Association for Computing Machinery
Welcome to the May 15, 2009 edition of ACM TechNews, providing timely information for IT professionals three times a week.


Professor Dame Wendy Hall Elected Fellow of the Royal Society
University of Southampton (ECS) (05/15/09) Lewis, Joyce

ACM president Wendy Hall has been elected to the Fellowship of the Royal Society, Britain's national academy of science. The Fellowship of the Royal Society is second only to a Nobel Prize in terms of the highest accolade a scientist can receive. The Royal Society recognized Hall for her research into how humans interact with large-scale multimedia information systems. Hall, who is a professor of computer science at the University of Southampton, has recently focused on the new field of Web Science in an attempt to learn more about the evolution and the future development of the Web. "As someone who has very much focused on engineering and application building, I never really thought that being made a Fellow of the Royal Society was something I could expect to achieve in my career," Hall says. "It is also really important for the computing community that our field is increasingly being recognized for the significant role it plays at the forefront of science and engineering research today." Hall also has been a strong advocate for getting more females to consider careers in science and engineering.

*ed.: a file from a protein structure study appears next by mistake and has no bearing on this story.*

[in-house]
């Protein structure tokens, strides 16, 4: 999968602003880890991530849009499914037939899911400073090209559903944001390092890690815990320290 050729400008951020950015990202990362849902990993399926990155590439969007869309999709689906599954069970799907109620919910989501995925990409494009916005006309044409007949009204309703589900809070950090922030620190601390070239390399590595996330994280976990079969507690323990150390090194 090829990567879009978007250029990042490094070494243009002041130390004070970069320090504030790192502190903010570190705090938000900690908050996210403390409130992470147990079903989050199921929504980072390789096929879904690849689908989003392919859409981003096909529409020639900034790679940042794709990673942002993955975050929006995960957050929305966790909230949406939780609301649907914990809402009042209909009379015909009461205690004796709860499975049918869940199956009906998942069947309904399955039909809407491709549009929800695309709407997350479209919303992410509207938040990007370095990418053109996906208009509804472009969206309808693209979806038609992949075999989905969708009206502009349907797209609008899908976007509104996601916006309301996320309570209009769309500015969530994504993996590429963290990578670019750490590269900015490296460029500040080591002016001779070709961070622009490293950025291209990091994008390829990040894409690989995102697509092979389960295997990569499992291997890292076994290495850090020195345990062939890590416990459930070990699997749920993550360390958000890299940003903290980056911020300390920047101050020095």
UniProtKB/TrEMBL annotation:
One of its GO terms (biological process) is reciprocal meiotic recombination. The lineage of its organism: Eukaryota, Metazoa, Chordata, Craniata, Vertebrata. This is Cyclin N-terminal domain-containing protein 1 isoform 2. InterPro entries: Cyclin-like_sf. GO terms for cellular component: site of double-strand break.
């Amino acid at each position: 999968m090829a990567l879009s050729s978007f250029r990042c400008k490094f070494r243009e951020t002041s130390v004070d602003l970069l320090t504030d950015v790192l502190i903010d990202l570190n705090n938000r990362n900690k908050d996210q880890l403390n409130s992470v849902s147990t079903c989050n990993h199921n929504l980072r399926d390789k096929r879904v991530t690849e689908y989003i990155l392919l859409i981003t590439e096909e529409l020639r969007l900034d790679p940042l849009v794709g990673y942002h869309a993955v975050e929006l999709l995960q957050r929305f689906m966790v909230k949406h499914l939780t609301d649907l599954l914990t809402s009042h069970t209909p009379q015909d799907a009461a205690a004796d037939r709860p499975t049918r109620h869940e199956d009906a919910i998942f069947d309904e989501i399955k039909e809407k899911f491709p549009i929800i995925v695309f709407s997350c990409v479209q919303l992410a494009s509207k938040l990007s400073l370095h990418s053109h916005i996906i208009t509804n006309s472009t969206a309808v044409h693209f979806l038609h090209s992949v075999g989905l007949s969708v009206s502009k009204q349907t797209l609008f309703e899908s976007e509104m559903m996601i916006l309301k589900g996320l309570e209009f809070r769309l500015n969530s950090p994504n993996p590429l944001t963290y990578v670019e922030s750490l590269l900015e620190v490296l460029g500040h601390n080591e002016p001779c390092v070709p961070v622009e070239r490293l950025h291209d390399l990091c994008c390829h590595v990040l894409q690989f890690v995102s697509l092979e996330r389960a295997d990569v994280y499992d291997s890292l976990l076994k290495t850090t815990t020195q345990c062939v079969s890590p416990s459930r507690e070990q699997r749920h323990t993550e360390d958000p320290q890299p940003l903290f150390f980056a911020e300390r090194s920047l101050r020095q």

Constantinos Daskalakis Wins ACM Award for Advances in Analyzing Behavior in Conflict Situations
Association for Computing Machinery (05/14/09) Gold, Virginia

ACM has awarded Constantinos Daskalakis the 2008 Doctoral Dissertation Award for advancing the understanding of behavior in complex networks of interacting individuals, such as those created by the Internet. Daskalakis's dissertation, "The Complexity of Nash Equilibria," provides a novel, algorithmic perspective on Game Theory and the Nash equilibrium. Daskalakis, a postdoctoral researcher at Microsoft Research New England, was nominated by the University of California, Berkeley, and will receive the award at the annual ACM Awards Banquet on June 27 in San Diego. Daskalakis's dissertation explores whether rational, self-interested individuals can arrive, through their interactions, at a state in which no single one of them would be better off switching strategies unless others switched as well. This state is called a Nash equilibrium, and is traditionally used in Game Theory as a way of predicting the behavior of people in conflict situations. Daskalakis demonstrated that in complex systems the Nash equilibrium is computationally unachievable in some cases, suggesting the Nash equilibrium may not be an accurate prediction of behavior in all situations and emphasizing the need for new, computationally meaningful methods for modeling strategic behavior in complex systems, such as those found in financial markets, online systems, and social networks.